In the public health viewpoint, our result suggested that “medical workers”, “professionals”, “the government”, “Twitter”, “news website”, and “TV news” were positively associated with compliance with multiple preventive behaviors. These information sources play an important role in providing beneficial information for preventing COVID-19. However, not all people received information from these information sources. Therefore, developing a strategy of increasing access to these sources or media may increase compliance for preventive behavior against COVID-19. Our descriptive results also suggest that the proportion of usage of each information source differed by sociodemographic and socioeconomic status. It may also be important to consider which information source is most effective in providing beneficial information to a specific population.
The present study has several limitations. First, our survey was based on an Internet survey, which may have led to selection bias. However, in order to mitigate this limitation, we conducted an inverse probability weighting method based on the distribution obtained from nationally representative data in order to increase the representativeness of the study sample [31]. Self-reported questionnaires are vulnerable to information bias. The self-reported responses are usually different from the actual condition; therefore, the prevalence is underestimated or overestimated. In addition, such non-differential misclassification of the actual condition leads to underestimation of the association [32]. In addition, the accuracy of the questions employed in this study has not been confirmed previously, and has also increased the degree of misclassification. Third, although we included the confounders, unknown or residual confounders could have impacted the study findings. Further analysis that is robust to unmeasured confounders and employs more precise measurements would contribute to checking the robustness of the results of the present study. Fourth, our study did not consider attitudes or willingness to engage in preventive behaviors. A previous study investigating the association of socioeconomic status with anxiety or preventive behavior for radiation exposure suggested that people with low socioeconomic status tended to have more anxiety than those with high socioeconomic status, but were less engaged in preventive behavior [33]. Based on knowledge, attitude, and behavior models, there is a gap between attitude and behavior [34]; therefore, future research that considers attitudes toward preventive behavior and obstructing factors to engage in preventive behavior is required. Fifth, we could not consider the correlations between the use of each information source. Supplementary Table S3 presents the correlations between the usage of each information source, and we observed moderate correlations between several variables (phi coefficient > 0.4). A future study considering the patterns of information usage using unsupervised machine learning techniques would elucidate the effects of combining multiple information sources. Finally, although we considered temporal changes in compliance with preventive behaviors, we could not consider temporal changes in information usage.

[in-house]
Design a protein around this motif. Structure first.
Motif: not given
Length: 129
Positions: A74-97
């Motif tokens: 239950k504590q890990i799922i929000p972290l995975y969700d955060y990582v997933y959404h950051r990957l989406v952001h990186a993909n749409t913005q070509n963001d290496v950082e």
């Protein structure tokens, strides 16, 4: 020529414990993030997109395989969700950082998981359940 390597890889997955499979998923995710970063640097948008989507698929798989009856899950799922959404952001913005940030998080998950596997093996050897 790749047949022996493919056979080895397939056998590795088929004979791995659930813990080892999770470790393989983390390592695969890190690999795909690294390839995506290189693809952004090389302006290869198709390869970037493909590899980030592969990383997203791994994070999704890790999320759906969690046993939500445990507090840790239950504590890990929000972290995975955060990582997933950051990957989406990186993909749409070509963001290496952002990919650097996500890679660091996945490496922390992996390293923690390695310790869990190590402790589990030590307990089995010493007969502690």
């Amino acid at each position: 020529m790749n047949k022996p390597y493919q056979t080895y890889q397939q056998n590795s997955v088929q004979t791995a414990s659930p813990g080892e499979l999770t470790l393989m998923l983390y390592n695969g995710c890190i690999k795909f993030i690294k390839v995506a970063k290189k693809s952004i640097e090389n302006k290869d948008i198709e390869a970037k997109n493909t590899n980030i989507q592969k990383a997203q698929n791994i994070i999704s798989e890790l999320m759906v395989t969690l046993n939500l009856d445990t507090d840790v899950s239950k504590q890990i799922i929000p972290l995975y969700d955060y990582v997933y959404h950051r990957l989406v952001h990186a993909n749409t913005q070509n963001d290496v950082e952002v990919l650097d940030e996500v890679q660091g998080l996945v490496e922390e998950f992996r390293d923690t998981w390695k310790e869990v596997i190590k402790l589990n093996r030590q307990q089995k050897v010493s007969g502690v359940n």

In contrast, our study also had some strengths. The sample size of the present result was relatively large, and it contributed to the statistical power to detect the differences in estimates in various types of information sources. In addition, the present study used a longitudinal design and could measure individual responses twice. Therefore, we could analyze the associations between temporal changes and interpersonal correlations, and it provided more valid results than cross-sectional studies.
Our research partially revealed the longitudinal effects of information usage on the preventive behavior for COVID-19. For future research on this topic, a two-year follow-up to measure the change in preventive behavior and information usage would be insightful. Repeated measurements with accurate measures would also enable us to conduct a fixed-effect model or marginal structural model, which would contribute to eliminating confounding factors. In addition, future research which evaluates the interaction or effect modification of information usage on preventive behavior by sociodemographic or socioeconomic factors would contribute to providing beneficial knowledge on public health strategies.

5. Conclusions

The present study showed that various sources of information sources, especially “medical workers”, “professionals”, “the government”, “Twitter”, “news website”, and “TV news”, were associated with a higher probability of compliance with multiple preventive behaviors for COVID-19. These information sources played a key role in providing beneficial information for preventing COVID-19.